The decision breaches the separation of powers doctrine and is procedurally unlawful. Effectively, section 231 of the Constitution requires Parliament to approve the withdrawal and repeal the Implementation of the Rome Statute of the International Criminal Court Act[1] (the legislation implementing South Africa’s international obligations in relation to the ICC domestically) prior to the National Executive sending notice of withdrawal to the Secretary General of the United Nations.  Repealing legislation is an exclusive function of Parliament and the National Executive has appropriated Parliament’s constitutional authority.  Further, the National Executive made the decision of this magnitude without even the most elementary forms of public participation. Obtaining Parliament’s approval after the fact will not cure the initial unlawfulness of the steps taken.

Substantively Irrational and Unlawful

The reasons offered for withdrawal are both irrational and unlawful. The reasons are contradictory and based on errors of law. Absolute immunity, as sought by the National Executive, is inconsistent with the Constitution. Due to customary international law, international crimes are crimes in South Africa and therefore even without the Implementation Act or without membership of the ICC the State will still be under an obligation to investigate and prosecute perpetrators of international crimes. Further, South Africa is party to a number of other conventions[2] which create obligations to prosecute and punish offenders for crimes such as genocide. Therefore, the State will remain under such independent obligations to investigate and prosecute offenders of international crimes, irrespective of any repeal of the Implementation Act and withdrawal from the ICC.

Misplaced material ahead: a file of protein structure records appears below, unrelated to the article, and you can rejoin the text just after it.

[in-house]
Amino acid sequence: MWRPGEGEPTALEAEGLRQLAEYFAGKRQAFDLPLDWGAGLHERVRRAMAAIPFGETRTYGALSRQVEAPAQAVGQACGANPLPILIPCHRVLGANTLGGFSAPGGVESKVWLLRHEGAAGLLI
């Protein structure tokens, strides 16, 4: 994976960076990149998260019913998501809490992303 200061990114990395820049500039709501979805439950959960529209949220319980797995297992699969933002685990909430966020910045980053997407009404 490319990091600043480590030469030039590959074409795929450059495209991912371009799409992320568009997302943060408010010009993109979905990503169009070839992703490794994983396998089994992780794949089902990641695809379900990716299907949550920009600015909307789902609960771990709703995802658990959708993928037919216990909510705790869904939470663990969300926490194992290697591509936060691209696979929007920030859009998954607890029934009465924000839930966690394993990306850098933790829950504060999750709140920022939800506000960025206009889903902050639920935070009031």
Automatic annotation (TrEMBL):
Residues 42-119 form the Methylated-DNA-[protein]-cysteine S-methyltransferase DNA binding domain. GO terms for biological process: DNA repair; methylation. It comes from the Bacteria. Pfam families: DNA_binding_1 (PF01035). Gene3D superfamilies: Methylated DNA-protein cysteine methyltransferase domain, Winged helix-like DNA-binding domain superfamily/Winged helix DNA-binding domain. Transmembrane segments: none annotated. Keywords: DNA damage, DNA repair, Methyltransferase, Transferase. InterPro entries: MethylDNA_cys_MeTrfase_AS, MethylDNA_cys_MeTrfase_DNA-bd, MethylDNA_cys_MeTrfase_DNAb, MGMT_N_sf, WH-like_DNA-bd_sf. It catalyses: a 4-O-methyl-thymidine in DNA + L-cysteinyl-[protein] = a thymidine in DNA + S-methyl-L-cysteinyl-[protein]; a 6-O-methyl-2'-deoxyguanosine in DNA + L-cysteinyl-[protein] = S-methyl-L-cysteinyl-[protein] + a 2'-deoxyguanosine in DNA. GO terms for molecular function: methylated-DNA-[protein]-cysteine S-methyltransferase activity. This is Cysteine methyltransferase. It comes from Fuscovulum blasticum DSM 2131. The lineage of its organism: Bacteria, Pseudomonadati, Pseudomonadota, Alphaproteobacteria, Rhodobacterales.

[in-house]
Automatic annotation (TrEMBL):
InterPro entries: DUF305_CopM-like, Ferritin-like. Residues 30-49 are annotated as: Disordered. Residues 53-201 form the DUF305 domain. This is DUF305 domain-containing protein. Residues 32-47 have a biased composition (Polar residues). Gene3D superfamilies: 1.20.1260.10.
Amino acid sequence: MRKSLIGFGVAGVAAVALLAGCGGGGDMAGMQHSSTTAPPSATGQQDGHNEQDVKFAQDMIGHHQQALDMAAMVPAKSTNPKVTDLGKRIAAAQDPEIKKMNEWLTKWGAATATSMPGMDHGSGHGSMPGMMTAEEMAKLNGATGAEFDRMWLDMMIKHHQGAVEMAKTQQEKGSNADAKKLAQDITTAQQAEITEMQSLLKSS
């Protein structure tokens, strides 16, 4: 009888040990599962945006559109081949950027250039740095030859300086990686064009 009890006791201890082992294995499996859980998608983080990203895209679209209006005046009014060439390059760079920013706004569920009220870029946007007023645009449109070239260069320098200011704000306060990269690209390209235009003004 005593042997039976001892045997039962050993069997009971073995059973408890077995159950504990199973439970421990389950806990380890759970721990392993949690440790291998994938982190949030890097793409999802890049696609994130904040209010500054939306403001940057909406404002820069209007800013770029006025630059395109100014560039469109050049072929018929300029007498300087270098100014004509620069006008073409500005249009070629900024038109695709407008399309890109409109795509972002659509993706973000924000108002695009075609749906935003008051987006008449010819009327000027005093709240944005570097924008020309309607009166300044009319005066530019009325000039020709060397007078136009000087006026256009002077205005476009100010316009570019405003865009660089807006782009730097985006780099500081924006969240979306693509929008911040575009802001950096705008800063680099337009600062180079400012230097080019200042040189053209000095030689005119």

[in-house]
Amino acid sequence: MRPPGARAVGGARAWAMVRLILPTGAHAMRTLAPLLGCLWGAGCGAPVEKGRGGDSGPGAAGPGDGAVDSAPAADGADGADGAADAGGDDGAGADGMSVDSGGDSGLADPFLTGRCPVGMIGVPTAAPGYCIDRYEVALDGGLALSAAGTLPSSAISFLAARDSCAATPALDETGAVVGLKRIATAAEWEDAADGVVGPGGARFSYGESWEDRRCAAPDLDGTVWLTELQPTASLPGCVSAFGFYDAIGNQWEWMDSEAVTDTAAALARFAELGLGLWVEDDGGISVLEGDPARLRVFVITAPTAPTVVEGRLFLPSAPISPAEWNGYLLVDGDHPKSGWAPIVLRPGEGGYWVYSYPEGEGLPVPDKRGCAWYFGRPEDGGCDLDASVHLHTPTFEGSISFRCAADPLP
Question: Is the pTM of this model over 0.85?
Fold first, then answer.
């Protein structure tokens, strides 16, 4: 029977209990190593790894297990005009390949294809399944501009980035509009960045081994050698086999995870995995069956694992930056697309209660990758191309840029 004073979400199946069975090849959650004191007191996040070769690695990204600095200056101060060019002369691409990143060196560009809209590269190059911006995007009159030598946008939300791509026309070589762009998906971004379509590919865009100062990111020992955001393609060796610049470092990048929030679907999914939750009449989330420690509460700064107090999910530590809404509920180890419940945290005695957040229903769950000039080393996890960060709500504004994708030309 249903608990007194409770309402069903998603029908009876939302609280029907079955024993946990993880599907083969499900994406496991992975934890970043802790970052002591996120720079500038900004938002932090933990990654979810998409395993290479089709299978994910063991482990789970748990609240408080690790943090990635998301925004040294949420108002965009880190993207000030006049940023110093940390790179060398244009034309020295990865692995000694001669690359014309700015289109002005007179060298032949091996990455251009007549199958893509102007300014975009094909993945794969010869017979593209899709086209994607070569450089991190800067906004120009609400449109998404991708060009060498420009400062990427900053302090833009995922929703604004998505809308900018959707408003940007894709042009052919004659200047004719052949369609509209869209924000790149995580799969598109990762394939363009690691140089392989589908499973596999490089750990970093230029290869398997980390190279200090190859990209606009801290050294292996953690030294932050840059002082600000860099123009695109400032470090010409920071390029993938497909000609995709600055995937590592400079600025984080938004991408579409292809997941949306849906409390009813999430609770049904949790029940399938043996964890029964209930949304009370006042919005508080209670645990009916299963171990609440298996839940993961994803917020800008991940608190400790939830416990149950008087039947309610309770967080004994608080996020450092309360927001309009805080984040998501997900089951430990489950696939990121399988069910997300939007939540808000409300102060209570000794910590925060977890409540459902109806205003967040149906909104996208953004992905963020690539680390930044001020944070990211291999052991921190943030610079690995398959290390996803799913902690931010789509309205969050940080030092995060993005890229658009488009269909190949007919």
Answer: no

The State cannot claim it is committed to the fight against impunity and yet a reason for the withdrawal is to provide immunity for those very persons responsible for international crimes.

There is no need for the South African government to broker peace deals in South Africa. Instead, facilitating such talks can take place at a neutral venue outside of South Africa, as has been done on more than one occasion in the past.